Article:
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Telomere Length and Cardiorespiratory Fitness in Marathon Runners
  1. Shishir Mathur, MD,
  2. Afrooz Ardestani, MD,
  3. Beth Parker, PhD,
  4. Jeffery Cappizzi, MS,
  5. Donna Polk, MD,
  6. Paul D. Thompson, MD
  1. From the Division of Cardiology, Hartford Hospital, Hartford, CT.
  1. Received October 23, 2012, and in revised form November 28, 2012.
  2. Accepted for publication November 28, 2012.
  3. Reprints: Shishir Mathur, MD, Division of Cardiology, Suite 224, Hartford Hospital, 80 Seymour St, Hartford, CT 06102. E-mail: drshishirmathur{at}


Background and Aim Physical exercise up-regulates telomere-stabilizing proteins in mice, suggesting that physical activity affects telomere length. Several human studies assessing the relationship between physical activity, measured by health or activity surveys, and telomere length have produced conflicting results. The present study sought to explore the association between telomere length and physical fitness measured objectively as maximal oxygen uptake in endurance-trained athletes and sedentary controls.

Methods Seventeen marathon runners and 15 age- and sex-matched healthy, sedentary control subjects participated in the study. Medical history, demographic information, maximal oxygen uptake (VO2 max), and peripheral blood lymphocyte telomere length were measured in all subjects. Statistical analysis was performed to examine the relationship between telomere length and measured variables.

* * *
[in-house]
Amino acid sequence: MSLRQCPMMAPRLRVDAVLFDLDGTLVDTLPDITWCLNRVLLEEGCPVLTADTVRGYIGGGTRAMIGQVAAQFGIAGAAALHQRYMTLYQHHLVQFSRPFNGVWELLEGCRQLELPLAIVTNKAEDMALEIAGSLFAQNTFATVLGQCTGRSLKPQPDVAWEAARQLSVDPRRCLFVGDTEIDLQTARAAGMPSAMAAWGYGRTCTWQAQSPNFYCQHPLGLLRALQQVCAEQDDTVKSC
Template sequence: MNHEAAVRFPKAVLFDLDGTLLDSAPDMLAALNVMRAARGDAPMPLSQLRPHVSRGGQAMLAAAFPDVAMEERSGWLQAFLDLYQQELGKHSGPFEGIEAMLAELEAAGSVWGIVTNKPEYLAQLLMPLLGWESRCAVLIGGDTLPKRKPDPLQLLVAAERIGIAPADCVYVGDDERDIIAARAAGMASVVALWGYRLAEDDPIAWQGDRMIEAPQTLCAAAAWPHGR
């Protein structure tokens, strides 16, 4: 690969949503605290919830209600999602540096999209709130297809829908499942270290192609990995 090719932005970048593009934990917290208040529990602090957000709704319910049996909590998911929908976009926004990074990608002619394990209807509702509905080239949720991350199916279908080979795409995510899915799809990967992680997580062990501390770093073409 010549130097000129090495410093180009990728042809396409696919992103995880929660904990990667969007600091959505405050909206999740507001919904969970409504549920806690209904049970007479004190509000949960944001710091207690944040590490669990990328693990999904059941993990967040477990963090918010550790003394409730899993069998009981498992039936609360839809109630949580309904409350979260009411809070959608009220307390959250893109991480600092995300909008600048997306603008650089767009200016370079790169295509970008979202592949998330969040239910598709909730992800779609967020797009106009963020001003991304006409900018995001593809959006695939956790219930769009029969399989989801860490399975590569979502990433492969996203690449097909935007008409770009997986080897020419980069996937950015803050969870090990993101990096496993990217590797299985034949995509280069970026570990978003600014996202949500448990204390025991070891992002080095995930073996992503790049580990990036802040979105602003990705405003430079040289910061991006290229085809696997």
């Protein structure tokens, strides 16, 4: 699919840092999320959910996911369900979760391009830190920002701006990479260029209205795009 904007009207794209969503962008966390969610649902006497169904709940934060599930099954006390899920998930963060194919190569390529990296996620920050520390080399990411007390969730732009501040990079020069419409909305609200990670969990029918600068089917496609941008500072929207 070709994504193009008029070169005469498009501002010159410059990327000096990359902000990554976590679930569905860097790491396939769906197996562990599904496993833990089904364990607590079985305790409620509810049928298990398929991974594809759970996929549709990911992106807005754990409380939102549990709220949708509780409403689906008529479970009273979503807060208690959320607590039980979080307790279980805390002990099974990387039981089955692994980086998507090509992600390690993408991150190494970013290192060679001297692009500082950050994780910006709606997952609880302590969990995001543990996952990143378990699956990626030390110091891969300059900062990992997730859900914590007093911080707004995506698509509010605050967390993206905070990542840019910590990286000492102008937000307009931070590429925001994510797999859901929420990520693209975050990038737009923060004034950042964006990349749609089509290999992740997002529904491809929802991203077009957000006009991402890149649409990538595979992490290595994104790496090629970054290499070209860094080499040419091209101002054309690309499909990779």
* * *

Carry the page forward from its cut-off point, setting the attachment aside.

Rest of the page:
Results Athletes and sedentary controls had similar lymphocyte (0.97 ± 0.20 vs 1.01 ± 0.18; P = 0.6) and granulocyte (0.89 ± 0.11 vs 0.89 ± 0.12; P = 0.9) telomere lengths. Linear regression analysis showed age as the only variable significantly associated with telomere length (P = 0.007). There was no correlation between VO2 max and telomere length.

Conclusion In a cohort of healthy adult athletes and sedentary controls, there was no association between physical activity measured by VO2 max and peripheral blood lymphocyte and granulocyte telomere length.

Key Words
  • telomere
  • exercise tolerance
  • athletes
  • aging

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